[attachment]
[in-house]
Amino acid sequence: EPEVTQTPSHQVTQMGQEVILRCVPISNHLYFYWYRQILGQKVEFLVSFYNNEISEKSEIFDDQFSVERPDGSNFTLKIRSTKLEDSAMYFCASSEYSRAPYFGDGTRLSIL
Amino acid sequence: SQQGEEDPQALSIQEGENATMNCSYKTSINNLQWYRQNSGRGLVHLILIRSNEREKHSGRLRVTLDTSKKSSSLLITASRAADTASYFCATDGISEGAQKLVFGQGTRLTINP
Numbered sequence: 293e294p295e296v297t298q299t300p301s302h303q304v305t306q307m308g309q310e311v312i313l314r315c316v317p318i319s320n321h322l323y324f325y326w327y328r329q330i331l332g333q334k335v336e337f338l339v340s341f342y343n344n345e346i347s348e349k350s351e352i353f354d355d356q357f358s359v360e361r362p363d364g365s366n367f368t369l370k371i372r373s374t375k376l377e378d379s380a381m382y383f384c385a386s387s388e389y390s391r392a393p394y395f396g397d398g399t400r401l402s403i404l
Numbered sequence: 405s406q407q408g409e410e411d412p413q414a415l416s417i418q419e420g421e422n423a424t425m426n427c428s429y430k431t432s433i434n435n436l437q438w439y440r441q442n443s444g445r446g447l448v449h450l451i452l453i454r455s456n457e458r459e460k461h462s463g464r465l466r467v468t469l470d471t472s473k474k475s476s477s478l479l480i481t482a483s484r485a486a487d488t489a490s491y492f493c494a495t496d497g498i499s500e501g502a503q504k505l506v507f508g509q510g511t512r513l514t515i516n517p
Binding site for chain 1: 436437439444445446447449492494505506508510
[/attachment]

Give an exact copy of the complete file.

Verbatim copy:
[in-house]
Amino acid sequence: EPEVTQTPSHQVTQMGQEVILRCVPISNHLYFYWYRQILGQKVEFLVSFYNNEISEKSEIFDDQFSVERPDGSNFTLKIRSTKLEDSAMYFCASSEYSRAPYFGDGTRLSIL
Amino acid sequence: SQQGEEDPQALSIQEGENATMNCSYKTSINNLQWYRQNSGRGLVHLILIRSNEREKHSGRLRVTLDTSKKSSSLLITASRAADTASYFCATDGISEGAQKLVFGQGTRLTINP
Numbered sequence: 293e294p295e296v297t298q299t300p301s302h303q304v305t306q307m308g309q310e311v312i313l314r315c316v317p318i319s320n321h322l323y324f325y326w327y328r329q330i331l332g333q334k335v336e337f338l339v340s341f342y343n344n345e346i347s348e349k350s351e352i353f354d355d356q357f358s359v360e361r362p363d364g365s366n367f368t369l370k371i372r373s374t375k376l377e378d379s380a381m382y383f384c385a386s387s388e389y390s391r392a393p394y395f396g397d398g399t400r401l402s403i404l
Numbered sequence: 405s406q407q408g409e410e411d412p413q414a415l416s417i418q419e420g421e422n423a424t425m426n427c428s429y430k431t432s433i434n435n436l437q438w439y440r441q442n443s444g445r446g447l448v449h450l451i452l453i454r455s456n457e458r459e460k461h462s463g464r465l466r467v468t469l470d471t472s473k474k475s476s477s478l479l480i481t482a483s484r485a486a487d488t489a490s491y492f493c494a495t496d497g498i499s500e501g502a503q504k505l506v507f508g509q510g511t512r513l514t515i516n517p
Binding site for chain 1: 436437439444445446447449492494505506508510